|Operator:||Royal Canadian Navy|
|Ordered:||2 January 1942|
|Builder:||Midland Shipyards Ltd., Midland|
|Laid down:||30 September 1942|
|Launched:||4 June 1943|
|Commissioned:||15 November 1943|
|Decommissioned:||18 July 1945|
|Identification:||Pennant number: K338|
|Atlantic 1944-45, English Channel 1944, Normandy 1944|
|Fate:||Sold for mercantile use|
|Class and type:||Flower-class corvette (modified)|
|Displacement:||1,015 long tons (1,031 t; 1,137 short tons)|
|Length:||208 ft (63.40 m)o/a|
|Beam:||33 ft (10.06 m)|
|Draught:||11 ft (3.35 m)|
|Speed:||16 knots (29.6 km/h)|
|Range:||7,400 nautical miles (13,705 km) at 10 knots (18.5 km/h)|
HMCS Lindsay was a modified Flower-class corvette that served with the Royal Canadian Navy during the Second World War. She fought primarily in the Battle of the Atlantic as a convoy escort. She was named for Lindsay, Ontario.
Flower-class corvettes like Lindsay serving with the Royal Canadian Navy during the Second World War were different to earlier and more traditional sail-driven corvettes. The "corvette" designation was created by the French as a class of small warships; the Royal Navy borrowed the term for a period but discontinued its use in 1877. During the hurried preparations for war in the late 1930s, Winston Churchill reactivated the corvette class, needing a name for smaller ships used in an escort capacity, in this case based on a whaling ship design. The generic name "flower" was used to designate the class of these ships, which – in the Royal Navy – were named after flowering plants.
Corvettes commissioned by the Royal Canadian Navy during the Second World War were named after communities for the most part, to better represent the people who took part in building them. This idea was put forth by Admiral Percy W. Nelles. Sponsors were commonly associated with the community for which the ship was named. Royal Navy corvettes were designed as open sea escorts, while Canadian corvettes were developed for coastal auxiliary roles which was exemplified by their minesweeping gear. Eventually the Canadian corvettes would be modified to allow them to perform better on the open seas.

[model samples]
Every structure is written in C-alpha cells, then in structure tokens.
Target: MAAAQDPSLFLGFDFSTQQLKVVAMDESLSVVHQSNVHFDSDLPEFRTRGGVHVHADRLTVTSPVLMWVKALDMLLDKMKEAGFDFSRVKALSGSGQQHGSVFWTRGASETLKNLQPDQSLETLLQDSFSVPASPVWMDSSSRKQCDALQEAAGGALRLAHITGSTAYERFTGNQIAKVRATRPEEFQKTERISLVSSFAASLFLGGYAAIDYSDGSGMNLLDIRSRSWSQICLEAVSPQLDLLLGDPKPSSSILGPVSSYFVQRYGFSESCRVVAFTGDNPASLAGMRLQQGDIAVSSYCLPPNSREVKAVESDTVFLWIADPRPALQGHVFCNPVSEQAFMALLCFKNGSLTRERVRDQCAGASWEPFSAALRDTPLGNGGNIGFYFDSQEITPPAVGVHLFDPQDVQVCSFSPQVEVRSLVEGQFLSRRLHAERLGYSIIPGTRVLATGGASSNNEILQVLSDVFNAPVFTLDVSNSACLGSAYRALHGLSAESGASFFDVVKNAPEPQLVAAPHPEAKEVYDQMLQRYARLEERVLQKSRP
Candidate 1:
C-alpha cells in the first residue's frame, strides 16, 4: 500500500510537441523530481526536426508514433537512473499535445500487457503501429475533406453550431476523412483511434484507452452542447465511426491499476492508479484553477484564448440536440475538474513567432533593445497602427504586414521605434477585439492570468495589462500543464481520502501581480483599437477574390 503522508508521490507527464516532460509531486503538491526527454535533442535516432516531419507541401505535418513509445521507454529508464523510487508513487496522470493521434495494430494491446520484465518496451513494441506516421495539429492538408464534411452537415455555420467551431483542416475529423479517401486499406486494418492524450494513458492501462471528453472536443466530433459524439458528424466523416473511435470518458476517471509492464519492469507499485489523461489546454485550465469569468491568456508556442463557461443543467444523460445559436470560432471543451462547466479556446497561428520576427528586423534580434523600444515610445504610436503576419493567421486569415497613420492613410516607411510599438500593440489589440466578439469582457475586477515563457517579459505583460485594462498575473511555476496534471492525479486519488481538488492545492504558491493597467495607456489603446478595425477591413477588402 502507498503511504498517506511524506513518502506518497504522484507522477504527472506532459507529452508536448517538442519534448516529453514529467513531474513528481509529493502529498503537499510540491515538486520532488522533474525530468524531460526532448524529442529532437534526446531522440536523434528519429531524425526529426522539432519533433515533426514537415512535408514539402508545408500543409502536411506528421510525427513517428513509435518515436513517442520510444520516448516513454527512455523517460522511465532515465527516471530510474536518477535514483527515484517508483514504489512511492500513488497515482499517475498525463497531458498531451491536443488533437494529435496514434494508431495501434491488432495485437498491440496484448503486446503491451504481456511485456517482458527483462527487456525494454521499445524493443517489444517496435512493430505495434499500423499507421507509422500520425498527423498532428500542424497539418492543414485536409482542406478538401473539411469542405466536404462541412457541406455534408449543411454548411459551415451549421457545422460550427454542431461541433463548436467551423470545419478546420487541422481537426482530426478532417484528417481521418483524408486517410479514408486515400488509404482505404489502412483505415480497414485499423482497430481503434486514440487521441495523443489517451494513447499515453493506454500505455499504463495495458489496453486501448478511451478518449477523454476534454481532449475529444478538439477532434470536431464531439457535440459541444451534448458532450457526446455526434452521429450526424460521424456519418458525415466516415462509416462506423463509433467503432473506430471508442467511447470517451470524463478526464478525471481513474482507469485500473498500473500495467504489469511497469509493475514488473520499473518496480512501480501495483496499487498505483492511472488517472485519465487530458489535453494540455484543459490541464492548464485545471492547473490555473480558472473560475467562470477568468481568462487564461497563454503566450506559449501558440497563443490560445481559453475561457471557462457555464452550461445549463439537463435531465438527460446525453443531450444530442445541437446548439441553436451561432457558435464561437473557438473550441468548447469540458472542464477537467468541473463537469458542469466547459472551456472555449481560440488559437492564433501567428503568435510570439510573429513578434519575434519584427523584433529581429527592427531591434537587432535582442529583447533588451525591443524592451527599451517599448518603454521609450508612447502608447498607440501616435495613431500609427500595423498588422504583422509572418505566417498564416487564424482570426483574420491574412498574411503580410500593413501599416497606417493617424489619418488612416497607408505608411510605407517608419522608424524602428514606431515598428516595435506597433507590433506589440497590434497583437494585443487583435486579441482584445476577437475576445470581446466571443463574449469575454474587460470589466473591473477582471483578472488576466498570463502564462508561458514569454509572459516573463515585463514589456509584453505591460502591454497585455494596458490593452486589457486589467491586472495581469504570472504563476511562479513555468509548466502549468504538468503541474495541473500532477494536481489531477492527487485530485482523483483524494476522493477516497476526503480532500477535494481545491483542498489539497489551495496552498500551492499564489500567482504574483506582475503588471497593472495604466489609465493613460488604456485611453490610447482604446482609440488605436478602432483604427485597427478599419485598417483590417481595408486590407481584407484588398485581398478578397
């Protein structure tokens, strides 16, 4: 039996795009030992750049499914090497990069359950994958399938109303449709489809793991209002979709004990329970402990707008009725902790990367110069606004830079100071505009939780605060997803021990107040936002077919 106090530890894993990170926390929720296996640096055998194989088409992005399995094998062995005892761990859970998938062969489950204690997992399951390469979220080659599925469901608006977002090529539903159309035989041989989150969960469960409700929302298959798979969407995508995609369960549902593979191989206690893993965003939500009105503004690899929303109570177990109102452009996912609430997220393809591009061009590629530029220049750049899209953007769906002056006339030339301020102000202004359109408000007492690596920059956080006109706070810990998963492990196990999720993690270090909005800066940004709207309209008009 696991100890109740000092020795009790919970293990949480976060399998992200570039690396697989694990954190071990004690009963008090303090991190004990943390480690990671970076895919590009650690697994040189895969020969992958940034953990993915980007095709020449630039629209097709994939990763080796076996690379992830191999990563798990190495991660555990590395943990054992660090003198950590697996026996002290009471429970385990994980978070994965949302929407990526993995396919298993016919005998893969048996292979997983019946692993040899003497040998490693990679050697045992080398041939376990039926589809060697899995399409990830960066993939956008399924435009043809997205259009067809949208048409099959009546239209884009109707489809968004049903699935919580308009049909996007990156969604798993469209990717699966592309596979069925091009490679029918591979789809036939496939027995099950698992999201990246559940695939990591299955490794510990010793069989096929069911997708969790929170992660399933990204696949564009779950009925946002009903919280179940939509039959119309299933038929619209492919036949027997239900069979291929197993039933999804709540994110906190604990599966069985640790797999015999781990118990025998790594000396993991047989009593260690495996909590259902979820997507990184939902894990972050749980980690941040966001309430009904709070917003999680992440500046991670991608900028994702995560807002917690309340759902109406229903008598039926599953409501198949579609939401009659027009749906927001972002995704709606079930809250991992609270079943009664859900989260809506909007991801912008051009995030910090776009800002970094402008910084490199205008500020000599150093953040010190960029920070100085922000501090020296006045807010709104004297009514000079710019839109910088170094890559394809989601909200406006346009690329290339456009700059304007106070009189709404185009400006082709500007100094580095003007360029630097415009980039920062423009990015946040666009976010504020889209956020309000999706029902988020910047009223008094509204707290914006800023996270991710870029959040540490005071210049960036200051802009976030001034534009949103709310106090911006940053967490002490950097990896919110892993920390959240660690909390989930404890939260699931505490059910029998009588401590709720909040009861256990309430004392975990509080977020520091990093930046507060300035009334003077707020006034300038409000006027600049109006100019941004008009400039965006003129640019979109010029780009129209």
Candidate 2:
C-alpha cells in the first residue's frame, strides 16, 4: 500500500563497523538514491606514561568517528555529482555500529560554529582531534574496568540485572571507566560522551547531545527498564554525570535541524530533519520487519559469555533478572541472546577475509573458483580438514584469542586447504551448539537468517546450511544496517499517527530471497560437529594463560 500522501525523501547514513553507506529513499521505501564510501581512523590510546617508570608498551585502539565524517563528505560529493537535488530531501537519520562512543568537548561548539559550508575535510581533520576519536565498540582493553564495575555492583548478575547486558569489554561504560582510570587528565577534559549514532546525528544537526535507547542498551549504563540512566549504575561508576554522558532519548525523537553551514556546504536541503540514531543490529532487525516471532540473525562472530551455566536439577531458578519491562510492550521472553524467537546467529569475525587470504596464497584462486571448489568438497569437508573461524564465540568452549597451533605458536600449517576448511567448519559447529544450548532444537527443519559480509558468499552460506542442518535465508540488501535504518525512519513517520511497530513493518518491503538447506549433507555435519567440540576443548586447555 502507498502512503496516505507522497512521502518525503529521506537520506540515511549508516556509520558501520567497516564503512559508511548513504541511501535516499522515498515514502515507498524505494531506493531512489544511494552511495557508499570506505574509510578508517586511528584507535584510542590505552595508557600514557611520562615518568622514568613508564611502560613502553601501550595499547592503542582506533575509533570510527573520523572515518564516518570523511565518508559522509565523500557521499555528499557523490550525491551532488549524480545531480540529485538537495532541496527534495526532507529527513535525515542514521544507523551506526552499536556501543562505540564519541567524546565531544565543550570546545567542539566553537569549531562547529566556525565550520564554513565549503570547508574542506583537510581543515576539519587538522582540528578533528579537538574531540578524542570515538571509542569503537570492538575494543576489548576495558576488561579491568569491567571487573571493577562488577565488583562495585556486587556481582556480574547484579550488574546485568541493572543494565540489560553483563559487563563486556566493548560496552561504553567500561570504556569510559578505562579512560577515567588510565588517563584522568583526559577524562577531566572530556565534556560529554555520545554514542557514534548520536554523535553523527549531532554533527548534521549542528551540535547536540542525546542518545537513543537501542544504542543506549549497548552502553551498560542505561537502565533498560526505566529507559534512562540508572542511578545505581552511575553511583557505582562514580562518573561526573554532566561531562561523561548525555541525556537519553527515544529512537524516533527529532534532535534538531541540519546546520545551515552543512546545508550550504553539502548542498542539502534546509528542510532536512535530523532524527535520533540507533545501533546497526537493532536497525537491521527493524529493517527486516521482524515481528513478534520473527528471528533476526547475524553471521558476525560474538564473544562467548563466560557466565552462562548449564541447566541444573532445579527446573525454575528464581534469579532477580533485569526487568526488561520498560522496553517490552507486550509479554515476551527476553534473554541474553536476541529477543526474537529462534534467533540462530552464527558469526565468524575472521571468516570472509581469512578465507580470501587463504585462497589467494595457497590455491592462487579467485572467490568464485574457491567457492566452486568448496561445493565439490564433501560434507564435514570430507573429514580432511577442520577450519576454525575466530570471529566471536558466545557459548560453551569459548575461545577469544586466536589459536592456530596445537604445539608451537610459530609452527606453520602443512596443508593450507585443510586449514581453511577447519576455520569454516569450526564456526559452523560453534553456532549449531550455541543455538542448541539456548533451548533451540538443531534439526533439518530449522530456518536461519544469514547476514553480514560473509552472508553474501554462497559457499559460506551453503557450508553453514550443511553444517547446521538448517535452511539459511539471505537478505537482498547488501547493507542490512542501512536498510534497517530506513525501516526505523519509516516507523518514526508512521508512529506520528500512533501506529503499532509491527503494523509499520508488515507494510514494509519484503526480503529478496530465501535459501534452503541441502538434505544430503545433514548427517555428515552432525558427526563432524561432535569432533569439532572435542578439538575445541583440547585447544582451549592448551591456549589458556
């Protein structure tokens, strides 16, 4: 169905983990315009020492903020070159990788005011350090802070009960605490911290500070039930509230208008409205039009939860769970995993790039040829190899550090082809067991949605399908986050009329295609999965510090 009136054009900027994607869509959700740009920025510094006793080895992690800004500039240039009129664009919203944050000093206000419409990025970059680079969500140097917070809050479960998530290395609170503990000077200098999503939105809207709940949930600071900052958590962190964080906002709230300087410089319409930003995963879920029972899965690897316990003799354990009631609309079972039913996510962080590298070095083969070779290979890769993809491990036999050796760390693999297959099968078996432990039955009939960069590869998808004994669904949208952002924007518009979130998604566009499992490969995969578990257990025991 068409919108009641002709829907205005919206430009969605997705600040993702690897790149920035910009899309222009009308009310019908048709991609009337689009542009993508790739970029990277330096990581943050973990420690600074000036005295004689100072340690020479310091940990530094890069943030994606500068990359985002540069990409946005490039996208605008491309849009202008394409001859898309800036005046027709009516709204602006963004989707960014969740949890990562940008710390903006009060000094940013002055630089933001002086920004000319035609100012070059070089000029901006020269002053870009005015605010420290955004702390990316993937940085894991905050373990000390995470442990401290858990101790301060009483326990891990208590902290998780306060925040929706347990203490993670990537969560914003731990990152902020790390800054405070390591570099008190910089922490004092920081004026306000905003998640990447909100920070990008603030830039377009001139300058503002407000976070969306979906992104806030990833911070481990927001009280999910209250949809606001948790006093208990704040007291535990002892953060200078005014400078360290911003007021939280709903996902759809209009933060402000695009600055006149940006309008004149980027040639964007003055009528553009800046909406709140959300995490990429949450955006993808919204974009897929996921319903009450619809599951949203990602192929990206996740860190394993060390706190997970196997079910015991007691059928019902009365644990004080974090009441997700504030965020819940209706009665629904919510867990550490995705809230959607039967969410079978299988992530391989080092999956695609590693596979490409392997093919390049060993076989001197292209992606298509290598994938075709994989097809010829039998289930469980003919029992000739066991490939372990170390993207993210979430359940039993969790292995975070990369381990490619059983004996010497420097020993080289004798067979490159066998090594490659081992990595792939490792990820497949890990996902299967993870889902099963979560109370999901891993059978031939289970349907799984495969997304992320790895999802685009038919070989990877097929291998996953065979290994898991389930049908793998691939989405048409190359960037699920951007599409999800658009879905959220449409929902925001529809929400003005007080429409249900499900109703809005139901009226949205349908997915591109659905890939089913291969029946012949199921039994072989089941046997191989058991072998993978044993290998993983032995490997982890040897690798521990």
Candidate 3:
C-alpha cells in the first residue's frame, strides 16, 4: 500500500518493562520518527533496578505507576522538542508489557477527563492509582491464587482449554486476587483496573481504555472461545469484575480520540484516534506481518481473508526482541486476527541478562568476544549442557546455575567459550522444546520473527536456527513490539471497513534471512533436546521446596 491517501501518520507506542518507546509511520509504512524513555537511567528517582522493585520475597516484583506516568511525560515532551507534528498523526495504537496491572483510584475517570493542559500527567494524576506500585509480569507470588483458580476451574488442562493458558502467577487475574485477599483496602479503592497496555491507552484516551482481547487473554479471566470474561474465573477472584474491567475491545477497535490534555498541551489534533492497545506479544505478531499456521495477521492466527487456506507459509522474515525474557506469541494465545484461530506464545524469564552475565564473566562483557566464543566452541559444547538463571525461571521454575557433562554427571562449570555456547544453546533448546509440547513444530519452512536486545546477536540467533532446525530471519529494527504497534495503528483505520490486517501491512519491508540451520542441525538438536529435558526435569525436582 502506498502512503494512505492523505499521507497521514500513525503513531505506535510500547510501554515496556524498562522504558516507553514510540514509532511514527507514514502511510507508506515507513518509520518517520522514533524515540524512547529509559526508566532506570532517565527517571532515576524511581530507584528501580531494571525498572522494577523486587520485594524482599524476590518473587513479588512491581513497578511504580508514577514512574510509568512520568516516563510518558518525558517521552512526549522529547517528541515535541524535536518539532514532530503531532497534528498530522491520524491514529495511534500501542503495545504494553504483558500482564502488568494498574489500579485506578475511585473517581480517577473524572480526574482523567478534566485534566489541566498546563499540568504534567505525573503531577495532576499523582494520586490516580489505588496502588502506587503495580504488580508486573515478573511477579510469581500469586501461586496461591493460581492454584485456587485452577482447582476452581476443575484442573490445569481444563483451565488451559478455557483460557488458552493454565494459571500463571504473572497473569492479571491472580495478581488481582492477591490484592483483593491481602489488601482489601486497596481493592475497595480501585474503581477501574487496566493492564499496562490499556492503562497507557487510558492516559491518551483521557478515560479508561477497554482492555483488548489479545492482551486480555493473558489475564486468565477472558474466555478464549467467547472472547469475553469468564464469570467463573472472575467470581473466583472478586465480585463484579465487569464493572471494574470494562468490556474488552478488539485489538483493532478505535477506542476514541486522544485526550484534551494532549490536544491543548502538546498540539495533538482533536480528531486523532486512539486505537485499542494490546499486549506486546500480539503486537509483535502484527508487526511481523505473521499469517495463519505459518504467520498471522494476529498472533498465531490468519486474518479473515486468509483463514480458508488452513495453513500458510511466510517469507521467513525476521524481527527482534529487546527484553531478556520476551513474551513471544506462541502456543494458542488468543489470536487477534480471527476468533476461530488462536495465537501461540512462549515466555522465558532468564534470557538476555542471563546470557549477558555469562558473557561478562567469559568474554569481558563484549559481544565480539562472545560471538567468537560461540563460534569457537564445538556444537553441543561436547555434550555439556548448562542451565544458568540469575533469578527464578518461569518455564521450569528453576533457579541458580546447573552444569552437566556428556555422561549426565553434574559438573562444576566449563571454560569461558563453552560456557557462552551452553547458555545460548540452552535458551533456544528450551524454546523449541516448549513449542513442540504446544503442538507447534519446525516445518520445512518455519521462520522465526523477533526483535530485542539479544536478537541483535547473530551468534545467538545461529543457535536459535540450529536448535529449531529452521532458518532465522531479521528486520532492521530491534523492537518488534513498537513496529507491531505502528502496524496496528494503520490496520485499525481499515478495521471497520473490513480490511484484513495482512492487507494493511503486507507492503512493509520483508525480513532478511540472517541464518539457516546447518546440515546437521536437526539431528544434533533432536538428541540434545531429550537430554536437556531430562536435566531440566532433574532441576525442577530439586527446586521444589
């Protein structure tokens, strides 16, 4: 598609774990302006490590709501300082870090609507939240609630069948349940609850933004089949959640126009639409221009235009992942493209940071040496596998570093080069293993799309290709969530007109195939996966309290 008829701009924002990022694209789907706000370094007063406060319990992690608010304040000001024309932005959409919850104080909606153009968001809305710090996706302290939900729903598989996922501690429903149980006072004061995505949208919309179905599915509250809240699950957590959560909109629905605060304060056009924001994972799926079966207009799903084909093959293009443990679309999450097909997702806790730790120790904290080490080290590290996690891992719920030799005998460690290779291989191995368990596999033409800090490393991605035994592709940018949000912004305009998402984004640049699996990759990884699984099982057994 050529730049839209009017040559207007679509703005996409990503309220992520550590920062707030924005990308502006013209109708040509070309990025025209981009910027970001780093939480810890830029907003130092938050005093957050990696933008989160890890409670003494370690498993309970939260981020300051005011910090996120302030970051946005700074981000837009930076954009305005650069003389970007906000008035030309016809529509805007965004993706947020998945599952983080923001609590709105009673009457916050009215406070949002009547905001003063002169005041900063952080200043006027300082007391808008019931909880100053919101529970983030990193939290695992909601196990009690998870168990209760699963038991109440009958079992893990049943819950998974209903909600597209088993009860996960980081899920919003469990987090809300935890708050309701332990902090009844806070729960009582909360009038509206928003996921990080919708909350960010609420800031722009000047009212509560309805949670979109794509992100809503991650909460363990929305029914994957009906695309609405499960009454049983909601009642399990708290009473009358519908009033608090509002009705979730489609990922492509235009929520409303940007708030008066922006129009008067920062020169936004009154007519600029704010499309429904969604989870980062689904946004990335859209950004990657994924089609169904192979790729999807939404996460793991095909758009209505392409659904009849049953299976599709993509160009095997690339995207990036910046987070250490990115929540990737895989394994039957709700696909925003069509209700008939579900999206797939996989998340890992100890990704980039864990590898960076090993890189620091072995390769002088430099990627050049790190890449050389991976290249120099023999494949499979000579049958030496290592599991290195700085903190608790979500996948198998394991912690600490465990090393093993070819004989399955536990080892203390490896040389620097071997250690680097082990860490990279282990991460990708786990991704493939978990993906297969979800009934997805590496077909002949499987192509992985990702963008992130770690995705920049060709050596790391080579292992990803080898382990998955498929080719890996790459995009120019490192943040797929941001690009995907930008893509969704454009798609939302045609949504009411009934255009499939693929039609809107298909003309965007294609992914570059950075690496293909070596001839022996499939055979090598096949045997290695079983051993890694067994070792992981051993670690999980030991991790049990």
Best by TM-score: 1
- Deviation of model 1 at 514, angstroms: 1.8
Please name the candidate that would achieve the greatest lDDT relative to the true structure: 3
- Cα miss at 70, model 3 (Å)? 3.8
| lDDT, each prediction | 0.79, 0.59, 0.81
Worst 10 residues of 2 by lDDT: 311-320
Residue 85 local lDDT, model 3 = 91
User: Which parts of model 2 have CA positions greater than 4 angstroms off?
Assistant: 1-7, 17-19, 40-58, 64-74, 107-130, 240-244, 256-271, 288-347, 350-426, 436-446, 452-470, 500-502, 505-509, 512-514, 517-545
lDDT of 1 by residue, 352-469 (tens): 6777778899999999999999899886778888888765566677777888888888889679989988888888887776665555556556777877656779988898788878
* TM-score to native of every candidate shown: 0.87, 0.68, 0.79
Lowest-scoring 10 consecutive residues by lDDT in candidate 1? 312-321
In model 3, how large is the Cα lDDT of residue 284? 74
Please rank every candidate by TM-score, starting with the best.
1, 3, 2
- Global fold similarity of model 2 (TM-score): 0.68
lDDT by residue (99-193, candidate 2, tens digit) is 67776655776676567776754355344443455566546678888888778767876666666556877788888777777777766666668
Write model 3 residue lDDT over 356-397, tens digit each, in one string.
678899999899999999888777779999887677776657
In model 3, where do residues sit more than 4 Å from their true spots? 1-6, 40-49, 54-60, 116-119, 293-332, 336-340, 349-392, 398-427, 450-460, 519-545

Lindsay was ordered 2 January 1942 as part of the 1942-43 modified Flower-class building programme. This programme was known as the Increased Endurance. Many changes were made, all from lessons that had been learned in previous versions of the Flower-class. The bridge was made a full deck higher and built to naval standards instead of the more civilian-like bridges of previous versions. The platform for the 4-inch main gun was raised to minimize the amount of spray over it and to provide a better field of fire. It was also connected to the wheelhouse by a wide platform that was now the base for the Hedgehog anti-submarine mortar that this version was armed with. Along with the new Hedgehog, this version got the new QF 4-inch Mk XIX main gun, which was semi-automatic, used fixed ammunition and had the ability to elevate higher giving it an anti-aircraft ability.
Other superficial changes to this version include an upright funnel and pressurized boiler rooms which eliminated the need for hooded ventilators around the base of the funnel. This changes the silhouette of the corvette and made it more difficult for submariners to tell which way the corvette was laying.
Lindsay was laid down by Midland Shipyards Ltd. at Midland, Ontario 30 September 1942 and was launched 4 June 1943. She was commissioned into the Royal Canadian Navy 15 November 1944 at Midland. Lindsay had one significant refit after suffering damage in a collision in the United Kingdom. She began the refit at Saint John, New Brunswick in March 1945 and finished 22 June 1945.
After arriving at Halifax in December Lindsay was initially assigned to the Western Local Escort Force. She joined escort group W-5 and stayed with them until April 1944 when she was transferred to Western Approaches Command.
Lindsay served as an unallocated united with in the command for the next four months in the waters around the United Kingdom. During this period she took part in Operation Neptune, the naval aspect of the invasion of Normandy. In September 1944, she was assigned to the escort group EG 41 under Plymouth Command and saw service in the English Channel. On 22 January 1945, Lindsay was damaged in a collision with the destroyer HMS Brilliant southwest of the Isle of Wight. She had temporary repairs done at Devonport before heading back to Canada for refit. She did not return to service before the end of the war.
Lindsay was paid off at Sydney, Nova Scotia 18 July 1945. She was transferred to the War Assets Corporation and sold for mercantile use. She reappeared in 1946 as the 1,205 GRT North Shore. She was sold and renamed Lemnos under a Greek registry, serving in the Mediterranean Sea. The ship was broken up at Perama, beginning in 1970 and with work completed in January 1971.
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